Sensing the gravity of the situation, EU representatives have tried to middleman a compromise between Ukrainian and Russian executives, to no avail. Gazprom will require Ukraine to pay at least half of the debt before any more oil crosses the border. Ukraine has dismissed the offer, citing the longstanding price inflation and demanding that the costs be set at a rate consistent with the international market.

At the end of the day, both Ukraine and Russia have much to gain by cooperation, and more to lose if the regional friction continues to silence synergy. A good portion of Gazprom revenue comes from Ukrainian consumers and the network of markets throughout the EU. And similarly, Ukrainian winters could prove dangerous without the necessary raw materials.

The stalemate is expected to drag on, as both parties are sure of their facts and figures regarding oil transactions. Russia and Ukraine will both plead their case to international mediators in the coming months, but considering the average length of arbitration and settlement agreement, it will likely come down to the combined efforts of Kiev and Moscow to resolve the dispute and steady the market.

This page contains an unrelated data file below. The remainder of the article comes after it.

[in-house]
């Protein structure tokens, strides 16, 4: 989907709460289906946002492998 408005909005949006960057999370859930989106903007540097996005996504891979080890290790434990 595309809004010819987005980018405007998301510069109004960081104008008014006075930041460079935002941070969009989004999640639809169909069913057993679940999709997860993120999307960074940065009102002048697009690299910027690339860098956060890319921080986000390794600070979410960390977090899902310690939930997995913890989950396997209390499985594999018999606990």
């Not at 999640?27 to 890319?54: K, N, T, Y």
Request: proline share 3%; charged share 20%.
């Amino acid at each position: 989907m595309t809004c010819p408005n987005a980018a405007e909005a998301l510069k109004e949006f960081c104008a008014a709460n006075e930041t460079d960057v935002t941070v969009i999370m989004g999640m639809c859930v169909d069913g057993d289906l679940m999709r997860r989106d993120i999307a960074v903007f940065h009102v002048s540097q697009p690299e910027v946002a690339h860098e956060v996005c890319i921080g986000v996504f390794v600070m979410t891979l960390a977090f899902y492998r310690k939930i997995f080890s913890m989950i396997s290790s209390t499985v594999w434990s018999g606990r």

Follow Michael on Twitter Twitter: @nahmias_report Contributing Editor: @MAndrewRansom

US Hypocritical Response to Ukraine Conflict

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Michael Ransom, Contributing EditorLast Modified: 08:57 a.m. DST, 13 May 2014

IMG_5823  Photo by: Christiaan TriebertDONETSK, Ukraine -- On Sunday, 11 May, two Ukrainian provinces conducted supposed democratic referendums to determine their international identity. The motions were suspicious at best, as 90% of votes counted in Donetsk favored withdrawal from Ukrainian authority and turnout in Luhansk determined 96 of every 100 voters supported provincial autonomy.

Certainly the numbers appear exaggerated. These reports of airtight consensus must be questioned by the rational world. Dissent is pervasive throughout much of Ukraine. So when voting officials came forward on Monday with claims of unprecedented solidarity, the West responded as would the teacher of the struggling student who scores 105% on a self-graded assessment.